This position has been unconvincing to the regime. In January this year, the Department of Museums and Foreign Relations of the Ministry of Culture sent a letter to Tregulova asking her to respond to a letter by a visitor about ‘the issue of bringing the content of permanent displays and exhibitions in the State Tretyakov Gallery in line with spiritual and moral values.’ These values have been defined and fixed recently by a presidential decree from Vladimir Putin on November 2022. It lays out a “state policy to preserve and strengthen traditional spiritual and moral values”. These values are considered at the same time to have a universal base and to be applied across the Russian Federation, including life, human rights, patriotism, high moral ideals, and humanism. The state policy in relation to this field may be subject to regular adjustment, but media has become a powerful tool for preserving and strengthening them, and also works of art themselves are expected to preserve and promote these ‘traditional values’.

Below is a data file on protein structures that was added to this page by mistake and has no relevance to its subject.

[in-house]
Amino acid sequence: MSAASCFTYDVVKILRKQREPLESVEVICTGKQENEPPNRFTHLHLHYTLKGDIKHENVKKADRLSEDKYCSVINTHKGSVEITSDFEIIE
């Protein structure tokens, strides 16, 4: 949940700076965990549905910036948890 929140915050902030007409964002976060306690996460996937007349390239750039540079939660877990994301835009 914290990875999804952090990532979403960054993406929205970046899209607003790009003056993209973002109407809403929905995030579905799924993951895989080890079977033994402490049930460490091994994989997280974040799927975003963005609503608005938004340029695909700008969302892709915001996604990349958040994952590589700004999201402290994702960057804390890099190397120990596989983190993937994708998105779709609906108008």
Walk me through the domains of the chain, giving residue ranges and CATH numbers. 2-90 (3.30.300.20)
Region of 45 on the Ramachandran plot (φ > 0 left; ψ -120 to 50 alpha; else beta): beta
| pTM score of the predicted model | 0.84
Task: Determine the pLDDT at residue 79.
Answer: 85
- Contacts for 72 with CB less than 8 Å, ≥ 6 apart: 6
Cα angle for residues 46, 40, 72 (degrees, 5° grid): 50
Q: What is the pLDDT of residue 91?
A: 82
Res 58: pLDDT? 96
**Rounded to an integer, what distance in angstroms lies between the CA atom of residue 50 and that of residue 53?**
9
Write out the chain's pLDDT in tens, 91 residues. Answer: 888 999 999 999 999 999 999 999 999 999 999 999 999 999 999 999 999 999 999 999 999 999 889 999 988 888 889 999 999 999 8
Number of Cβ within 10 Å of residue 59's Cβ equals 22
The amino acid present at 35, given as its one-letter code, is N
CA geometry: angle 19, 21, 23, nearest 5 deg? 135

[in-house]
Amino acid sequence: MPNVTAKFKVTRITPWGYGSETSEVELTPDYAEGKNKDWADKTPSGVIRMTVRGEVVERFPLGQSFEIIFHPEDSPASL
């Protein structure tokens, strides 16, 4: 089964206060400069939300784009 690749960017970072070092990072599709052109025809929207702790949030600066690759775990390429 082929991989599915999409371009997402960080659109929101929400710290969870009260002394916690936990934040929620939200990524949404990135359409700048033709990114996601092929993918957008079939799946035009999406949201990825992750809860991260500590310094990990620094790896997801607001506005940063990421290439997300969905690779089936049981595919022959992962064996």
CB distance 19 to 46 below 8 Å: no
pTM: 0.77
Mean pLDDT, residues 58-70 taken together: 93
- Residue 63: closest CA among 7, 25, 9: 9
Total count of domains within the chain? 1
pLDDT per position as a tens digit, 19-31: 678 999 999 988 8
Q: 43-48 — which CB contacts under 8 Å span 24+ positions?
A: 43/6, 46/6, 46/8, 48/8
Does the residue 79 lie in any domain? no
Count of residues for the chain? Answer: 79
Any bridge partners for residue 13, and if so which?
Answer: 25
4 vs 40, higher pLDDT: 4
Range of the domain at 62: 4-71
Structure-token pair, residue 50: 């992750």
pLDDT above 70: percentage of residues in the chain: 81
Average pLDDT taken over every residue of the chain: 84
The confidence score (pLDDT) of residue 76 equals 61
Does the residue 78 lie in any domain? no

There had been other signs earlier on. In November, the Moscow Biennale of Contemporary Art at the Tretyakov Gallery had been cancelled for unclear reasons. The January letter was seen by the Russian media as a further indicator of tensions between state policy and the Tretyakov Gallery. This may form a meaningful background to a decision that is surprising but in itself a prerogative of a founding authority; namely not to continue a mandate.

Tregulova was replaced by Yelena Pronicheva. She has a completely different profile, a politologist by training who started the Budget and Taxes Committee in the State Duma of the Russian Federation, and in the Department of Foreign Economic Activity of Gazprombank. She subsequently became the executive director of Moscow’s Jewish Museum and Tolerance Center, and recently headed the Polytechnic Museum in Moscow. She is the daughter of General Vladimir Yegorovich Pronichev, formerly head of the Border Guard Service of the Russian Federation and Deputy Director of the Federal Security Service (FSB), where he was responsible for handling the Beslan school siege and the Moscow theatre hostage crisis, two of the most mediatized Chechen terrorist cases, both of them ending up with many casualties amongst the hostages.